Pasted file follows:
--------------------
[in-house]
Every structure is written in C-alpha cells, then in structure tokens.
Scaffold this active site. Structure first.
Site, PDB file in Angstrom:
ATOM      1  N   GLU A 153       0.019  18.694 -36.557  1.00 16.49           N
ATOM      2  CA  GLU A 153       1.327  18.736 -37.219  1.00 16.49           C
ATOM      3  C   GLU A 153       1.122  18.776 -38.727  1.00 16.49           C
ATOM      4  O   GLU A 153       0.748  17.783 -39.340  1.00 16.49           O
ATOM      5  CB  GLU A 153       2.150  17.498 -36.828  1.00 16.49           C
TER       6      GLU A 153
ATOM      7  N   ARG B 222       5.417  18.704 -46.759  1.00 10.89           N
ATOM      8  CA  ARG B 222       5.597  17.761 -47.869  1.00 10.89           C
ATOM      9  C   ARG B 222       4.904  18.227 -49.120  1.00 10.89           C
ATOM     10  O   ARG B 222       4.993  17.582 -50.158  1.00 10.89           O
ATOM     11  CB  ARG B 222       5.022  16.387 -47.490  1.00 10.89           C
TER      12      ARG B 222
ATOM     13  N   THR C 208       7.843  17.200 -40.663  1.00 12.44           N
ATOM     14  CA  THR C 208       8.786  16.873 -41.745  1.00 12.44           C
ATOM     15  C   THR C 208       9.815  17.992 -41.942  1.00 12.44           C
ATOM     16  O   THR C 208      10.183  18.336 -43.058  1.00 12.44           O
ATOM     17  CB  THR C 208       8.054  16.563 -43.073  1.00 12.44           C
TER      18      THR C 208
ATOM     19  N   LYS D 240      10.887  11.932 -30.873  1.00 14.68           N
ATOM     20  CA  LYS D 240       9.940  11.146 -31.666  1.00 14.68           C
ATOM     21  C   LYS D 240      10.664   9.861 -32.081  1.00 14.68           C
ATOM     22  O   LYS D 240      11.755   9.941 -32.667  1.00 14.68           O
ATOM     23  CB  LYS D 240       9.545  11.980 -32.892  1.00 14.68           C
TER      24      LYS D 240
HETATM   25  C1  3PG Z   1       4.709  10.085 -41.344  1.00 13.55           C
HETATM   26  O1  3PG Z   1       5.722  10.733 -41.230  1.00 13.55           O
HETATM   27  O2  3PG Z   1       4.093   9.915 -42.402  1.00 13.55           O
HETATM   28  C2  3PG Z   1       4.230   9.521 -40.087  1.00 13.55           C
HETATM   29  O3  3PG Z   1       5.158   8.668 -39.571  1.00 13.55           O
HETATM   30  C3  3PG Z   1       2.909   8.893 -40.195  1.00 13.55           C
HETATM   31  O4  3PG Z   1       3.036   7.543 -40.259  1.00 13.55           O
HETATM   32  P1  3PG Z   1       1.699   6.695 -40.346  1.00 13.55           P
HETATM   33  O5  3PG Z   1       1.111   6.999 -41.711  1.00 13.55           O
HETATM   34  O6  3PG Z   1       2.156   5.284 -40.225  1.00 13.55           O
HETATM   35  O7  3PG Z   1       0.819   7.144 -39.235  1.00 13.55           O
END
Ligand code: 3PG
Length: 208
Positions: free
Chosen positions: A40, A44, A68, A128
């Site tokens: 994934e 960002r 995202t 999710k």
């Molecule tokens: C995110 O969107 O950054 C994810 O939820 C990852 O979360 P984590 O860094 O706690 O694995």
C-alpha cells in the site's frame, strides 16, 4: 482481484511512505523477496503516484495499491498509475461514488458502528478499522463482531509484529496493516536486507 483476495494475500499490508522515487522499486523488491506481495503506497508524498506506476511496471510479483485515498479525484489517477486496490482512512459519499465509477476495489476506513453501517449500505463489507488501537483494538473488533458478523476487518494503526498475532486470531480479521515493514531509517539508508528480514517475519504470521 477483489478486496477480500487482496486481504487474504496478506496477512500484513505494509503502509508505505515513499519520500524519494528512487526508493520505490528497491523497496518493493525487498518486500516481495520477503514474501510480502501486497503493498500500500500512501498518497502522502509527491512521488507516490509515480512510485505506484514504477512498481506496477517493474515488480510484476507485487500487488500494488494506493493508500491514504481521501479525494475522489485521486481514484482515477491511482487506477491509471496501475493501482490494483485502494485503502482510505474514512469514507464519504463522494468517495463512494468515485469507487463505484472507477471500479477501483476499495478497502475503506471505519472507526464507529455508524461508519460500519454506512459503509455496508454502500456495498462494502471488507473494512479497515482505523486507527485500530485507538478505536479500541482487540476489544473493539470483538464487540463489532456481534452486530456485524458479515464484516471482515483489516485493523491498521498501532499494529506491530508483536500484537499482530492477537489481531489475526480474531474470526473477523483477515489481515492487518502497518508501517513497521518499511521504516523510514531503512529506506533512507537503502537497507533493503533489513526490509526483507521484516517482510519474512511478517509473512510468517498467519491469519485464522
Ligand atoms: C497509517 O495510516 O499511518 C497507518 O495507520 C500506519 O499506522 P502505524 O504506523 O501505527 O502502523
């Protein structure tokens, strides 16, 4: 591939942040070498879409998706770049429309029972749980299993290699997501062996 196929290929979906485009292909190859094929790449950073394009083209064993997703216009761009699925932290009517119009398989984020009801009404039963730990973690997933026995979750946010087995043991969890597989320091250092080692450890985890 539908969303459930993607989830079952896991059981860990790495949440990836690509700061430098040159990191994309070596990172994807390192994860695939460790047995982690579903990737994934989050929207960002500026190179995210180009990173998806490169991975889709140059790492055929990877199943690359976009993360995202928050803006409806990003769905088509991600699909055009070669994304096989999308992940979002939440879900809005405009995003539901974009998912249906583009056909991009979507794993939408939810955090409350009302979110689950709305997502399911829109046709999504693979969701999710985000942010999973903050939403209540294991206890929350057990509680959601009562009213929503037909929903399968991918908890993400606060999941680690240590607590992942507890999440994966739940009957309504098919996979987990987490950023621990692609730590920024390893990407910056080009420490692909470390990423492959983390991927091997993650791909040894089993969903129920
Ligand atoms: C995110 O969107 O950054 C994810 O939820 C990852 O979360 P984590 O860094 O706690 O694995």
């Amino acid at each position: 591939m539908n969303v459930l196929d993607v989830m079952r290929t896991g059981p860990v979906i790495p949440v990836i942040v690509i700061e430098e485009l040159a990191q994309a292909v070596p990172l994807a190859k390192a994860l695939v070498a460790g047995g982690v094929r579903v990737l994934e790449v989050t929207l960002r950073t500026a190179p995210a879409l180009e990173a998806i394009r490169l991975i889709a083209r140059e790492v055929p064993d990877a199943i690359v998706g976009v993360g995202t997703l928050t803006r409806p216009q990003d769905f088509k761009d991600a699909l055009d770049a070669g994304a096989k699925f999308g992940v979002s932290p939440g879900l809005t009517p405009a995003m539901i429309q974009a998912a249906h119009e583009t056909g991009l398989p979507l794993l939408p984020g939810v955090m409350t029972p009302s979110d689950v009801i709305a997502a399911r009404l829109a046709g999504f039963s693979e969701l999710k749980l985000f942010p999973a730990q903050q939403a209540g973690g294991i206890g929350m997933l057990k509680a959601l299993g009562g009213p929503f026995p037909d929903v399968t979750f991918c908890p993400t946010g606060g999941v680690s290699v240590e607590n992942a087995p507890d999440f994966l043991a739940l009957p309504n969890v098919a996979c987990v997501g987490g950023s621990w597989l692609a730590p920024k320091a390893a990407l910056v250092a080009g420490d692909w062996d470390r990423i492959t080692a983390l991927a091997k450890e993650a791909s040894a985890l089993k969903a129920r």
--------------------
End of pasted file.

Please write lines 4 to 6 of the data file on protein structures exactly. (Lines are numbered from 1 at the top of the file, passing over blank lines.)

Site, PDB file in Angstrom:
ATOM      1  N   GLU A 153       0.019  18.694 -36.557  1.00 16.49           N
ATOM      2  CA  GLU A 153       1.327  18.736 -37.219  1.00 16.49           C